Speaking at a morning meeting, Council President Lorena González defended their approach. "The Council is not looking at blunt cuts as described by executive," she said. "We are looking at scalpel-like approaches to scale down what we use law enforcement to respond to and what we can scale up."

How Durkan’s proposed moves would impact operations and staffing is unclear; 911 dispatch is already mostly civilian-led, but the Office of Police Accountability is made up largely of sworn officers, making its removal from SPD complicated. Parking enforcement would be moved to the city’s Department of Transportation.

Compared with the ambitions of the Seattle City Council, Durkan’s proposals are certainly more limited. But the mayor said the cautious approach is necessary, considering the scope of the task before the city. She acknowledged that many 911 calls in the city don’t need officer response, but that there needs to be analysis and work to create a new system to take the place of the old one.

“All of these potential areas for transformation are deeply complex,” she said.

In Seattle, the city council has leaned more liberal than the mayor for years, but after a progressive rout in last November’s election, the divide has become even  starker.

The result has been a council much more responsive to the demands of the city’s activists, particularly organizations representing Black and brown communities.

Last week, four of nine council members — the maximum allowed in an unofficial council meeting — attended an online press conference with Decriminalize Seattle and King County Equity Now, two groups that have called for large cuts to policing. The council members — Teresa Mosqueda, Kshama Sawant, Tammy Morales and council President Lorena González — offered their support to the groups.

Mosqueda pledged to “follow the lead” of the groups. “History has taught us change only comes from those living on the margins rising up,” she said.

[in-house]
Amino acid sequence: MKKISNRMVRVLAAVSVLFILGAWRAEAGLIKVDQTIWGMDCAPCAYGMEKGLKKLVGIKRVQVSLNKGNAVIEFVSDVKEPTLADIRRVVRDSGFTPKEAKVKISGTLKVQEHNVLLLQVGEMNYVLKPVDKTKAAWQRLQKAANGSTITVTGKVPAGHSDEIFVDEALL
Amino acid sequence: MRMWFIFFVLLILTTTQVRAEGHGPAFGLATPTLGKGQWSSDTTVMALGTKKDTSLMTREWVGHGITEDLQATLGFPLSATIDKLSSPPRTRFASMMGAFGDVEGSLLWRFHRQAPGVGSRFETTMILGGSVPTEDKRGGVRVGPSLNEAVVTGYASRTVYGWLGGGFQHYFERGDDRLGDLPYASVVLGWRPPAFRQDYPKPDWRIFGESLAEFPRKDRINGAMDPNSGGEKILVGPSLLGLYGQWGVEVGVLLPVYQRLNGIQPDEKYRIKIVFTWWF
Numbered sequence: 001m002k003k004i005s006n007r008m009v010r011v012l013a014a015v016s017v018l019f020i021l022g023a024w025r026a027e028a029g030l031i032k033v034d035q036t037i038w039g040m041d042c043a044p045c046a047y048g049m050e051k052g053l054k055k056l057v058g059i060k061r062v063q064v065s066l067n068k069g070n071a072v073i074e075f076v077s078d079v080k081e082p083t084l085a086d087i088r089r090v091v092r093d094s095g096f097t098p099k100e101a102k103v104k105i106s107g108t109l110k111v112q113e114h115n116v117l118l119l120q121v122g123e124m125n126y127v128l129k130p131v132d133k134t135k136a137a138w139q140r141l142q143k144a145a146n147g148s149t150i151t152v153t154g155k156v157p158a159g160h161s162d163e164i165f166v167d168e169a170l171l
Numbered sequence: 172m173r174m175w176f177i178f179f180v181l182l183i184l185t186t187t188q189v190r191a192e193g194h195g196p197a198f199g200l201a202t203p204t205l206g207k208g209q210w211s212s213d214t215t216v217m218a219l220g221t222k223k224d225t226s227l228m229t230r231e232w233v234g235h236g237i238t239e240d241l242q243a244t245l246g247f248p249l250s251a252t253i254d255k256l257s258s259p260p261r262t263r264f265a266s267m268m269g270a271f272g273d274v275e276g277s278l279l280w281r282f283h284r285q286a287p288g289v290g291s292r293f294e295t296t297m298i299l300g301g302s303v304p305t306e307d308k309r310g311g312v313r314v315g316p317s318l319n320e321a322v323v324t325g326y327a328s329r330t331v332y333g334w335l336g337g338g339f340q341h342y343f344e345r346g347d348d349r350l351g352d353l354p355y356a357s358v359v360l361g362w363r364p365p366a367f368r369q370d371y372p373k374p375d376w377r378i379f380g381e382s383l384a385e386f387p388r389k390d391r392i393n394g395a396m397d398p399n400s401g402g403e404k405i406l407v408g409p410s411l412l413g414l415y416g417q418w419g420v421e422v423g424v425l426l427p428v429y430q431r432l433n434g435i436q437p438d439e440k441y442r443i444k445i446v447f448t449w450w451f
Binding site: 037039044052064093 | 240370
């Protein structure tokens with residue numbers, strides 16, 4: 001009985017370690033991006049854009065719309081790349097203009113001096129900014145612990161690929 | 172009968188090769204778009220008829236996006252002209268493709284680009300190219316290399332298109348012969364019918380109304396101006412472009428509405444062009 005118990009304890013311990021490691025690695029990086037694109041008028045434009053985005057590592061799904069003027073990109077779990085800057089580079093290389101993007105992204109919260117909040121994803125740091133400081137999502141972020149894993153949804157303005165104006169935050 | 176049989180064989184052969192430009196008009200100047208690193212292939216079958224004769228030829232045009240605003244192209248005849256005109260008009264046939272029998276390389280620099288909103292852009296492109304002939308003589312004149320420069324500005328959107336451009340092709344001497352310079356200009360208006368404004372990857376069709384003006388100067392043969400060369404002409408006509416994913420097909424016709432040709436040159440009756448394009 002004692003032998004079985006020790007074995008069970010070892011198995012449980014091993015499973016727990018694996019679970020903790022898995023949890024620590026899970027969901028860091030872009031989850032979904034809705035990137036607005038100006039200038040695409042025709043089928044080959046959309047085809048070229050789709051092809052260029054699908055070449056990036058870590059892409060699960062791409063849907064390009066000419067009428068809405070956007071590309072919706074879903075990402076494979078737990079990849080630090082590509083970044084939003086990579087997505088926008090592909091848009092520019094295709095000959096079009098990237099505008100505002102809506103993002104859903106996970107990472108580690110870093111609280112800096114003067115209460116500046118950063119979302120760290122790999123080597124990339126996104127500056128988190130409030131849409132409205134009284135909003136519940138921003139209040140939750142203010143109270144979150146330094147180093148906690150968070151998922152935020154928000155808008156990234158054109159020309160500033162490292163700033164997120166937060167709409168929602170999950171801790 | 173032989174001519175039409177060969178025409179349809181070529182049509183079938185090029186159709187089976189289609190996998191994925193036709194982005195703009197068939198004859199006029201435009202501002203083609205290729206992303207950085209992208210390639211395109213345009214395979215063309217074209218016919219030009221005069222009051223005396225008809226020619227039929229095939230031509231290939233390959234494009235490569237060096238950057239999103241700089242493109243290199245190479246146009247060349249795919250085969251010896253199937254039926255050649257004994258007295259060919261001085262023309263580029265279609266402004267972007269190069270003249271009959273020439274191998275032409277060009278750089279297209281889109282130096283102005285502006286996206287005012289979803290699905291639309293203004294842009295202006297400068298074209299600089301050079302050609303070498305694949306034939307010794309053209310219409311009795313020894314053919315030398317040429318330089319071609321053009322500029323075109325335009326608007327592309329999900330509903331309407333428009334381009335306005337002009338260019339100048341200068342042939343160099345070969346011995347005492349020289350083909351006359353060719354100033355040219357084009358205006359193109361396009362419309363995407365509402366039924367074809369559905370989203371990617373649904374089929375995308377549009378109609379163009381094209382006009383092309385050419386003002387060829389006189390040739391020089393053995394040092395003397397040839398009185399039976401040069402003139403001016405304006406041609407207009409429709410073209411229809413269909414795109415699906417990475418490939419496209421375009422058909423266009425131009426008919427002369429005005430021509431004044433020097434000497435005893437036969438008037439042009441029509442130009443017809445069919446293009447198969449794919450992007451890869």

González, who’s spent much of her career working on more incremental reforms to police, apologized for some of her past votes, including one in 2018 to approve a contentious new contract with the Seattle Police Officers Guild.

On Monday, Councilmember Sawant — Durkan's most outspoken critic — had typically harsh words for the mayor and Chief Best, rejecting their argument that services would be negatively impacted. "We have to talk about how police only spend a small minority of their time investigating the actual egregious crimes," she said. "A majority of the police time... is used in harassing poor communities, communities of color, homeless neighbors, abusing protesters and, in the case of our sisters like Charleena Lyle, shooting the very people who have called them for assistance."

Meanwhile, Councilmember Andrew Lewis has said he wants to create a new, alternative 911 system that could respond to calls where police aren’t deemed necessary.

Durkan said she, too, has been meeting with community representatives. She pointed specifically to representatives of the Black religious community and protesters. In response to a question Monday, she said she would produce a list of other meetings she has had.


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About the Authors & Contributors

David Kroman

David Kroman

David Kroman is formerly a reporter at Crosscut, where he covered city politics.